City councilors pledge to appeal Amazon license | News

PEABODY – Some city officials are already pledging to appeal if Amazon receives permits for its 183,000 square foot warehouse proposal, but not because they are opposed to the project. On the contrary, they oppose the process.

Amazon has started a sitemap review with the Peabody Planning Board for a last mile delivery warehouse at 8 Centennial Drive, which is the headquarters of security systems maker Analogic.

Analogic, which has approximately 500,000 square feet of space, is looking to shrink down to a property better configured for its current and future operations, which includes a recent security scanner contract with TSA.

City Councilor General Jon Turco has said he will appeal the final building permit issued by the city’s building commissioner if the project stays on its current path, which does not include consideration by city council .

There is a different process that could take the project to the board instead. If the new facility were instead viewed as a trucking terminal by the city, it would require a special permit from the council.

Turco, who previously served as Ward 1 Councilor – which includes most of Centennial Park – said he and current Ward Councilor Craig Welton were “on the same page” on this issue. Welton did not respond to a request for comment.

If Turco were to follow through on his threat, it would only come after city councils such as the Planning Council and the Conservation Commission had completed their reviews and all the conditions for approval, and that would be followed by issuance. a building permit.

City officials say it could be a few years before these reviews are completed and construction can begin.

But it’s not about shutting down Amazon, according to Turco.

“The first thing I learned in council six years ago is that zoning is the only real protection residents have, and manipulating that zoning in any way could be detrimental in the long run.” , said Turco. “In terms of the use and location of Amazon in the industrial park, that’s not an Amazon issue for me. It’s about manipulating the zoning to make it suitable for a business or developer.

Building Commissioner Albert Talarico, City Lawyer Donald Conn and Mayor Ted Bettencourt all said the project was a warehouse.

Turco, however, believes that the Amazon project is a trucking terminal and that by approving it as a warehouse instead, the city would open all industrial areas to “warehouse” projects similar to trucking terminals.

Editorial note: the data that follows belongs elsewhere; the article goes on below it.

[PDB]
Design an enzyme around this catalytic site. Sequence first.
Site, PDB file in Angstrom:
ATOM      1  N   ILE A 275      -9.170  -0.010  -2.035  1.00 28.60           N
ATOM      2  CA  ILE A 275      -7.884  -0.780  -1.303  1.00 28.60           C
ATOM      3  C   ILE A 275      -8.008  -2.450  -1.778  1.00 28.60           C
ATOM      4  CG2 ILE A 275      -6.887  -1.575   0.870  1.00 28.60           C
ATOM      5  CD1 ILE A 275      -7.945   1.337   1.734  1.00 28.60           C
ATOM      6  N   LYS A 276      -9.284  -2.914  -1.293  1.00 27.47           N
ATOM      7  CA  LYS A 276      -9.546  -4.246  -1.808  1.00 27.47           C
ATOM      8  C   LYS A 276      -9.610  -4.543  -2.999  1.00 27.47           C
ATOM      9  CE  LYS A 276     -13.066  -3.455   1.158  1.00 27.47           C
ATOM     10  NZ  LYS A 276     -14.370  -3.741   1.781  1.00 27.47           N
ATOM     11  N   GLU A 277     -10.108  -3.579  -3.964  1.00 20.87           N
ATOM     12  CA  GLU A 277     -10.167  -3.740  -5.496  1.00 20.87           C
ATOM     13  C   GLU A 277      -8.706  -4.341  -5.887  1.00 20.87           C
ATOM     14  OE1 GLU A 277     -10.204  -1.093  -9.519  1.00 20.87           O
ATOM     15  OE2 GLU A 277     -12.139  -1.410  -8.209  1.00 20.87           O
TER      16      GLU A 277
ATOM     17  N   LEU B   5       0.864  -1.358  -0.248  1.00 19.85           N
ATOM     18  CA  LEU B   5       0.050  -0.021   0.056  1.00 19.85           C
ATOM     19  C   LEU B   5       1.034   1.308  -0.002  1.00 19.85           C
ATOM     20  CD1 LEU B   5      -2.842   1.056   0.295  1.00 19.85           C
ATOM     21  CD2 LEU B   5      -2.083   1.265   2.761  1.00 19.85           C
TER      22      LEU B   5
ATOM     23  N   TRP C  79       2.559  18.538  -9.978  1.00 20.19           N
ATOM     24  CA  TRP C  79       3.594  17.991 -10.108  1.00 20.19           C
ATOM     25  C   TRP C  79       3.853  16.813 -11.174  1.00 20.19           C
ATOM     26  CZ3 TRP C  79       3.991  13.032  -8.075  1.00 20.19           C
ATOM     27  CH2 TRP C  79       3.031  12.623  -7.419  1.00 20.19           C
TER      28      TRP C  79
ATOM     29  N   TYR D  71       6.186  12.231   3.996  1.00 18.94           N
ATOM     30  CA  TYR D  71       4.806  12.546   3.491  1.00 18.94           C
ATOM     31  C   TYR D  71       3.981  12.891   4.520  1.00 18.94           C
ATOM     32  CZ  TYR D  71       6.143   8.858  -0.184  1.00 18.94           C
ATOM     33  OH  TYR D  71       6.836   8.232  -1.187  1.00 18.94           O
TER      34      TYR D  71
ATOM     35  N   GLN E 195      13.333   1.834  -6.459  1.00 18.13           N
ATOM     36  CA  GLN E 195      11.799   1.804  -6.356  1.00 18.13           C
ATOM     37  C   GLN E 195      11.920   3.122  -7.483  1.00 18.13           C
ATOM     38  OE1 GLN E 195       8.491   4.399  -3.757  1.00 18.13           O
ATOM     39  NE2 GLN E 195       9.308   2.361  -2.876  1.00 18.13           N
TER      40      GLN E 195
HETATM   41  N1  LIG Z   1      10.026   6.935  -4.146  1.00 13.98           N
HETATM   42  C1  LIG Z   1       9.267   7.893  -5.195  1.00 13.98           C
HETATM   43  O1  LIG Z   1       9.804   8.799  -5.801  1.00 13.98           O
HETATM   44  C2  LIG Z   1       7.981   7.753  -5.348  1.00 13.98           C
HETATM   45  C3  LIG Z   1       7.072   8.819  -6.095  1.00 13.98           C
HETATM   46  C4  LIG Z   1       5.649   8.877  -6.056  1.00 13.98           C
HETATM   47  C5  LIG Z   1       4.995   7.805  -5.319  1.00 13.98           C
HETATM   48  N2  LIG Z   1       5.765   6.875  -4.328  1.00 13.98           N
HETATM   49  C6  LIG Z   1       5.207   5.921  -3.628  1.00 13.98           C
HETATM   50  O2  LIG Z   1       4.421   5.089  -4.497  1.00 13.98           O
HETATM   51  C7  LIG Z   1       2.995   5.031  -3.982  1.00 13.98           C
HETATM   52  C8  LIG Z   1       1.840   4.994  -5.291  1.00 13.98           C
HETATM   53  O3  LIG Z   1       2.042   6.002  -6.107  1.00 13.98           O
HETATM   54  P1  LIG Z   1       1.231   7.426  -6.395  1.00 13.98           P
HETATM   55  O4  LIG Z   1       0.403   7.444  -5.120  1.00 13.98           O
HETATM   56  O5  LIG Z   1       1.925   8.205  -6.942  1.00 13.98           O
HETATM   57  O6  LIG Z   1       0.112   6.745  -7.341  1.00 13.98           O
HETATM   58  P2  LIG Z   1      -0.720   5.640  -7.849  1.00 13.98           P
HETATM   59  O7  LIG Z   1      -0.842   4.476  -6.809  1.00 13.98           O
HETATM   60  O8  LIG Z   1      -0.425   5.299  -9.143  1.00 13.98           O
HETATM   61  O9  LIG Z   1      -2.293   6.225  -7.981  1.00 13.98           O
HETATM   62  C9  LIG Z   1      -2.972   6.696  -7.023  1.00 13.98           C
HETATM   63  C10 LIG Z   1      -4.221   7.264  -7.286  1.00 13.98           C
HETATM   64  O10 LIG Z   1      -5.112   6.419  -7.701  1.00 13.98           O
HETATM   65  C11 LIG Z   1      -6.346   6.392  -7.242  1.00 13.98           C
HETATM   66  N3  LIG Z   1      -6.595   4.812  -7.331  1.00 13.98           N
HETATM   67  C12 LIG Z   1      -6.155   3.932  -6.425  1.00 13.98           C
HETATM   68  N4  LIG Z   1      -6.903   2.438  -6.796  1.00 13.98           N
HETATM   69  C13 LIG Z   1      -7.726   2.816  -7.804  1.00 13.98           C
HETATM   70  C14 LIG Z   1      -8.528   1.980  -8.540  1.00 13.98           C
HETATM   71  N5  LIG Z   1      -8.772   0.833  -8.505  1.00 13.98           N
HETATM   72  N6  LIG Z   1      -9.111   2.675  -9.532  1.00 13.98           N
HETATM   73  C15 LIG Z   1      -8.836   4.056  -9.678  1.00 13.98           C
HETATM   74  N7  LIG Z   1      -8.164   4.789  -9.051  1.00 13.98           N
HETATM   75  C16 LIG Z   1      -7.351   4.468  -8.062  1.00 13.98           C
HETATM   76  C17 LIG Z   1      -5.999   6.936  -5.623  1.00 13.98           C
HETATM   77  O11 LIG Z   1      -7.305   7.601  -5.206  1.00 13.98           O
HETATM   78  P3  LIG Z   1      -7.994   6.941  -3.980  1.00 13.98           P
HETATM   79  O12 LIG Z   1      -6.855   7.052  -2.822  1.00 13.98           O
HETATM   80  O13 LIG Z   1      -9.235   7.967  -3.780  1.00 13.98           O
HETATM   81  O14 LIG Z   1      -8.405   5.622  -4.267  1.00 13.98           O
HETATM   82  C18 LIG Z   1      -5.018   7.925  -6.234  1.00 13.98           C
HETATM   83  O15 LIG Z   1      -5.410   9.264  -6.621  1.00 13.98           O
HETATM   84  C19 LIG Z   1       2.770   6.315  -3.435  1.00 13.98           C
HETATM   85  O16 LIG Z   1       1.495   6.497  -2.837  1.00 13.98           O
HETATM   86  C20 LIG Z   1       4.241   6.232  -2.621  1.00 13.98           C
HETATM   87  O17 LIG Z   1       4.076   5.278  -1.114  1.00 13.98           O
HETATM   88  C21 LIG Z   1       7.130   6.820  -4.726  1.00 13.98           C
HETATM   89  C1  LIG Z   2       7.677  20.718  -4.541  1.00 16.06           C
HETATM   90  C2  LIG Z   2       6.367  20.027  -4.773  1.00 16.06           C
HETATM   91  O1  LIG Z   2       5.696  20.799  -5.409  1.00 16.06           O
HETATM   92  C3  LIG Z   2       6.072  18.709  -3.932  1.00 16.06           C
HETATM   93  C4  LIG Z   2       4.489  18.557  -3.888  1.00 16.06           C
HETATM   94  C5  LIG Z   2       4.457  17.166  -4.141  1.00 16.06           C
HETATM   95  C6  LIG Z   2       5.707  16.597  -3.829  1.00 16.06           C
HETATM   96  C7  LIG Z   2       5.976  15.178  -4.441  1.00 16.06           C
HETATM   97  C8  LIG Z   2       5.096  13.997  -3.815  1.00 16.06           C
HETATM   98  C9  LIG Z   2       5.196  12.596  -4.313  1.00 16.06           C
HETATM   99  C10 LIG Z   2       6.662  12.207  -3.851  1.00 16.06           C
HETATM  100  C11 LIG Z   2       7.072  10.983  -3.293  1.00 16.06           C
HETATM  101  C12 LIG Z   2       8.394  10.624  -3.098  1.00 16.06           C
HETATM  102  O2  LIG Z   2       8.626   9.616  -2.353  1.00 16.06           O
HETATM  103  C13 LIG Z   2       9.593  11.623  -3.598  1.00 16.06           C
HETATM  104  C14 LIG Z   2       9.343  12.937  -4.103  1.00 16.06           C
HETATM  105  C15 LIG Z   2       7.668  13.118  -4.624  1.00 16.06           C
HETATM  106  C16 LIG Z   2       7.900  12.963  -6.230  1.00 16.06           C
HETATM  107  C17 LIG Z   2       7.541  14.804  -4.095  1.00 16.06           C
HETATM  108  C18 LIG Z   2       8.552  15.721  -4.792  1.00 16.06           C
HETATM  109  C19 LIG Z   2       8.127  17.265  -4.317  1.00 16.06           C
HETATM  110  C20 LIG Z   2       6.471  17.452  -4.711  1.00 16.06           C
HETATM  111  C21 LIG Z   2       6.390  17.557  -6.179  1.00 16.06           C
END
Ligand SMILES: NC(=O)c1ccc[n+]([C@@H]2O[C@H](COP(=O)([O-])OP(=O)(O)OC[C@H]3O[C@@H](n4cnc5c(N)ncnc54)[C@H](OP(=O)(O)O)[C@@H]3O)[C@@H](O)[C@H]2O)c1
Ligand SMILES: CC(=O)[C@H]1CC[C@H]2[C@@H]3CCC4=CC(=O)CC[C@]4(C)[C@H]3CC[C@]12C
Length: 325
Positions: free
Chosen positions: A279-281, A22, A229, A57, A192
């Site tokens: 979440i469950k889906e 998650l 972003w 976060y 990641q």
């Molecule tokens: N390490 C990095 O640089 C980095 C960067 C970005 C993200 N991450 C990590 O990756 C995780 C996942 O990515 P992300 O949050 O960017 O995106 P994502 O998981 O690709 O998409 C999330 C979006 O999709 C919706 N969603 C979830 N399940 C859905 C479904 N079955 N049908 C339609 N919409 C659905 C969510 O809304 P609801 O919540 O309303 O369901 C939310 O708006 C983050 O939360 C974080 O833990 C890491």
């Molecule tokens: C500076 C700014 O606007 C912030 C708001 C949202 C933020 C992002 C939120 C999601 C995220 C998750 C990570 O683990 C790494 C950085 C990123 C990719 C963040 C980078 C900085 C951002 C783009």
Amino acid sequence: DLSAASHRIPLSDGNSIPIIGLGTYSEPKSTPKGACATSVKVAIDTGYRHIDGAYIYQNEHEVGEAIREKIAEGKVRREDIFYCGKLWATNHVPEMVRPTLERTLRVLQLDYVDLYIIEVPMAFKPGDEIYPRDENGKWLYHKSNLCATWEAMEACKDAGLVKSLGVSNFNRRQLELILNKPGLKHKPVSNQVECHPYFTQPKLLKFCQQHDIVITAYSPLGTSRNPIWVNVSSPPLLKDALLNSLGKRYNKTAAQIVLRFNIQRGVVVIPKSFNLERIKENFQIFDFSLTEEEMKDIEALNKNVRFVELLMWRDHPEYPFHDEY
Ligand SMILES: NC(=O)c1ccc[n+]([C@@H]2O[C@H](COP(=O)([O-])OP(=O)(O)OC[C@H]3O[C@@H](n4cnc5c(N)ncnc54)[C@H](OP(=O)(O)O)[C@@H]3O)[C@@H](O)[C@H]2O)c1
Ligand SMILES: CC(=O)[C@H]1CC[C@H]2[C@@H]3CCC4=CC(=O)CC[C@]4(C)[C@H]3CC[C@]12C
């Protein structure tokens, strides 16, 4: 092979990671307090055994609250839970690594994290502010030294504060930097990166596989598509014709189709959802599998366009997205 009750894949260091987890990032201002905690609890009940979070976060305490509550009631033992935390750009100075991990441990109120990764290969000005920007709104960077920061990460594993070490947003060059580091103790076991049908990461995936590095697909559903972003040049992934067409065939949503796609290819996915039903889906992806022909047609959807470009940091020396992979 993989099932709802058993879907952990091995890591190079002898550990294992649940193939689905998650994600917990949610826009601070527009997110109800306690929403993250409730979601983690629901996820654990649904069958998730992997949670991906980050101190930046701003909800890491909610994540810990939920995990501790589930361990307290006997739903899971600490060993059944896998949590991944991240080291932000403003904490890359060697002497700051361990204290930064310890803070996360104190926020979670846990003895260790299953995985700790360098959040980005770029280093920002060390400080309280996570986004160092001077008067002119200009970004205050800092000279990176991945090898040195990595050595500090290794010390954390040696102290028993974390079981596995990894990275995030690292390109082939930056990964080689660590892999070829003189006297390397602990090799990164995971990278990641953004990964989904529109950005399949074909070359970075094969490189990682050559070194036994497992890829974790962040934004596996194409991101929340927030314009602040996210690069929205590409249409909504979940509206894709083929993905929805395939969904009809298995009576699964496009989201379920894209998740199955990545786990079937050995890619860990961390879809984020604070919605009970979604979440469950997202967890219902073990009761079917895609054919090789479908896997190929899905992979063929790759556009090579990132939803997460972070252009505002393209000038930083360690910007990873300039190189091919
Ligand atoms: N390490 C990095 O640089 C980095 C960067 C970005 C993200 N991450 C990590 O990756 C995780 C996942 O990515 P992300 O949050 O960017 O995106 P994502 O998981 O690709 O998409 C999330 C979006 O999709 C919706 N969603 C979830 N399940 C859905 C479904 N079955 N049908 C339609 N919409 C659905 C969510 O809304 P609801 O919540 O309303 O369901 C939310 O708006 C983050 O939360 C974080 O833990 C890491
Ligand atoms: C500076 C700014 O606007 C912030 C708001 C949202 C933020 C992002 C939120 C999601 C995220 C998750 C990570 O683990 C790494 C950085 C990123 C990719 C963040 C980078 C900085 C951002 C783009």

“My goal is to protect residents from opening trucking terminals in industrial park areas of the city under the guise of a warehouse, which, due to this manipulated definition, could easily happen,” a- he declared. “This is the confusing part for me. I’m not speaking on behalf of the council, but I don’t think it would be a problem if Amazon came forward, before the council, came up with what they want to do, let the residents have their say on the matter. The board is well aware of the need to fill the space Analogic occupies and the benefits that Amazon can bring.

In an email to Turco and Bettencourt, Talarico wrote that “when considering the two definitions, an argument could be made for one or the other, as noted below”.

The email went on to define a warehouse operation as “a use engaged in the storage, wholesaling and distribution of manufactured goods, supplies and equipment, excluding the bulk storage of flammable materials. or explosives or which present risks or conditions commonly recognized as offensive ”.

A trucking terminal, on the other hand, is “a facility for receiving, transferring, short-term storage and shipping of goods transported by truck. The use would include express and other courier and parcel delivery facilities, including those operated by the United States Post Office.

Talarico said the two definitions relate to storage, distribution, and the products and goods themselves. Trucking terminals better support logistics operations, while warehouses “would be a better fit for a retailer,” he wrote.

“We concluded that a valid dossier had been presented to authorize the use as a warehouse,” wrote Talarico. “As I have done during my 17 year career as a zoning officer, I rely heavily on legal expertise to guide my decision. This approach has always served me well and I will continue to do so.

Talarico ended his email by saying that Turco may, “upon issuance of the permit, appeal my decision to the ZBA”.

Turco’s response noted that none of the definitions mentions retail, although warehouses do support wholesale, “which is irrelevant in this case as Amazon is not a wholesaler and does not manufacture any of the products sold through its platform. With that I digress. I will follow your call suggestion when issuing a building permit.

Bettencourt said the city’s legal opinion “is clear”.

“This is the right course of action,” Bettencourt said of the warehouse path. “Centennial Park was built for companies like this, and I think that fits very well with the operation that takes place in this business park. “

Asked about the possibility of considering Turco’s request and simply moving the matter to council, Bettencourt said he wanted to “go through the normal course, like any project that comes up.”

“To me it’s a warehouse, and the legal opinion has said so,” Bettencourt said, referring to Conn’s legal counsel. “He’s going to the planning board. It’s just the normal process. We have warehouses in Centennial Park that have gone this route – site plan review. It’s just town business going on a regular basis.

Contact Dustin Luca at 978-338-2523 or [email protected] Follow him on or on Twitter @DustinLucaSN.

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